9 February, 2021, by Clincapture User
As the number of remote and decentralized trials increased due to the COVID-19 pandemic, the need for technology and questions about what is needed to run these trials efficiently also rose. We will break down what electronic Source (eSource) is and why you should consider it for your clinical trial.
What is eSource?
eSource data is data initially recorded in electronic format, according to guidance from the Food and Drug Administration. It “can include information in original records and certified copies of original records of clinical findings, observations, or other activities captured prior to or during a clinical investigation used for reconstructing and evaluating the investigation.”
What are the benefits?
Capturing source data electronically will yield the following benefits:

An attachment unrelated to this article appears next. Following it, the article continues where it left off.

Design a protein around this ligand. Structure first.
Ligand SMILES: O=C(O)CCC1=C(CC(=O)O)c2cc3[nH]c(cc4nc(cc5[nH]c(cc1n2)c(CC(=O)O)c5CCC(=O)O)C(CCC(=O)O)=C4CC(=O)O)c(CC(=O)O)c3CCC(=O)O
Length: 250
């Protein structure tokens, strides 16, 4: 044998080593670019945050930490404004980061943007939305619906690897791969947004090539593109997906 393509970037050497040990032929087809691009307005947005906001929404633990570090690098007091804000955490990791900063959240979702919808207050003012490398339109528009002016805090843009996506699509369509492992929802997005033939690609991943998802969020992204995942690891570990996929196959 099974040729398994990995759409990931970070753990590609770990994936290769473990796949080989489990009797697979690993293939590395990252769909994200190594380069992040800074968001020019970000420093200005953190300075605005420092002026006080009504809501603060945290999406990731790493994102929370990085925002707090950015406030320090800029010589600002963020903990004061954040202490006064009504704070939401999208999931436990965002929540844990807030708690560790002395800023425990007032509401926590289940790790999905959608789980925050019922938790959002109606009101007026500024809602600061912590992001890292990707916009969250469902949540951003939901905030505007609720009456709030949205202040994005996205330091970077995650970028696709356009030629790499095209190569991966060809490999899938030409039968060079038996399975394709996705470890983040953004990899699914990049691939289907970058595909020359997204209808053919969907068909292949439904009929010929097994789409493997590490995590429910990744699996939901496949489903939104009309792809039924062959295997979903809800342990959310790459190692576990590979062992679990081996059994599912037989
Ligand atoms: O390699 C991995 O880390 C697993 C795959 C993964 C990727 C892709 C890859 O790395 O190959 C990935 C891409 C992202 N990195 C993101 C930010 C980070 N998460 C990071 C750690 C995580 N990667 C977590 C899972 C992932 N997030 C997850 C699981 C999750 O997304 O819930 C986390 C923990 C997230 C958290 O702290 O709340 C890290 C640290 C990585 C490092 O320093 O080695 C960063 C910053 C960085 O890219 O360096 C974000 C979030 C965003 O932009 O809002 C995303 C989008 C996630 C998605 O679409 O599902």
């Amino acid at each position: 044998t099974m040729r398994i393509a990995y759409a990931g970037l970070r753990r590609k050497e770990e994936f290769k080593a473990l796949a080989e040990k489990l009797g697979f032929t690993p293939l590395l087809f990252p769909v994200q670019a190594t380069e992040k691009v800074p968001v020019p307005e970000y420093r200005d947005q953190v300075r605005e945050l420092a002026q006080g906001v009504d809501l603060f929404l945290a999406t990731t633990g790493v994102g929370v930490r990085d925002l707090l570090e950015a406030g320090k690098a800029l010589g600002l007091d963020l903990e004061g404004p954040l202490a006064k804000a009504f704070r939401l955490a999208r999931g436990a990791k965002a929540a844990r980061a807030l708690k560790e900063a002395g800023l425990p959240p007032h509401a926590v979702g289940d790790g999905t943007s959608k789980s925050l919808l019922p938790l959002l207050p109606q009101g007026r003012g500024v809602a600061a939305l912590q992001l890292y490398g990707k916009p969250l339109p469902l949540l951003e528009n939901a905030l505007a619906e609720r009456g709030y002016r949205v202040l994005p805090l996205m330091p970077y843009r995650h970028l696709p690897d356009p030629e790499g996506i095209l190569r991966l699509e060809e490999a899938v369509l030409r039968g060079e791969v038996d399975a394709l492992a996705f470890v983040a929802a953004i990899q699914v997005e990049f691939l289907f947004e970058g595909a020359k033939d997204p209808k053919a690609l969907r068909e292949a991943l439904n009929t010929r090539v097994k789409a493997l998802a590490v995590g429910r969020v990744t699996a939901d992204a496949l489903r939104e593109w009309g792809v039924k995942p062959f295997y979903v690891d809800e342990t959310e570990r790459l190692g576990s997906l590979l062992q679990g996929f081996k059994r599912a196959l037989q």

- Eliminates duplicate information
- Reduces transcription errors
- Facilitates real-time and remote monitoring of data
- Saves time
Additionally, Virtual Data Capture™ (VDC™) eSource maintains a full audit log for all data entered into the system and all site users have a unique login credential. So, each data point that is entered is recorded with time, date, and data originator on the log.
Is it compliant?
ClinCapture’s software allows its users to remain HIPAA and GDPR compliant.
How can I get eSource?
17 March, 2021
What is eConsent and what are the benefits?What is eConsent? The Food and Drug Administration has defined electronic informed consent (eConsent) as “the use of electronic systems and processes that may employ multiple electronic media, including text, graphics, audio, video, podcasts, passive and interactive Web sites, biological recognition devices, and card readers, to convey information related to the study to obta
25 January, 2021
Meet the Team: Samantha PurdieSettled in her home in Tennessee, Samantha Purdie is busy building studies in ClinCapture’s Captivate™. Shortly after joining ClinCapture in the summer of 2020, she adapted quickly and jumped right in. One day, on a weekly conference call with the team Purdie was asked how her workload is and if she can handle the additional studies. Her response? “Bring it on.” A response that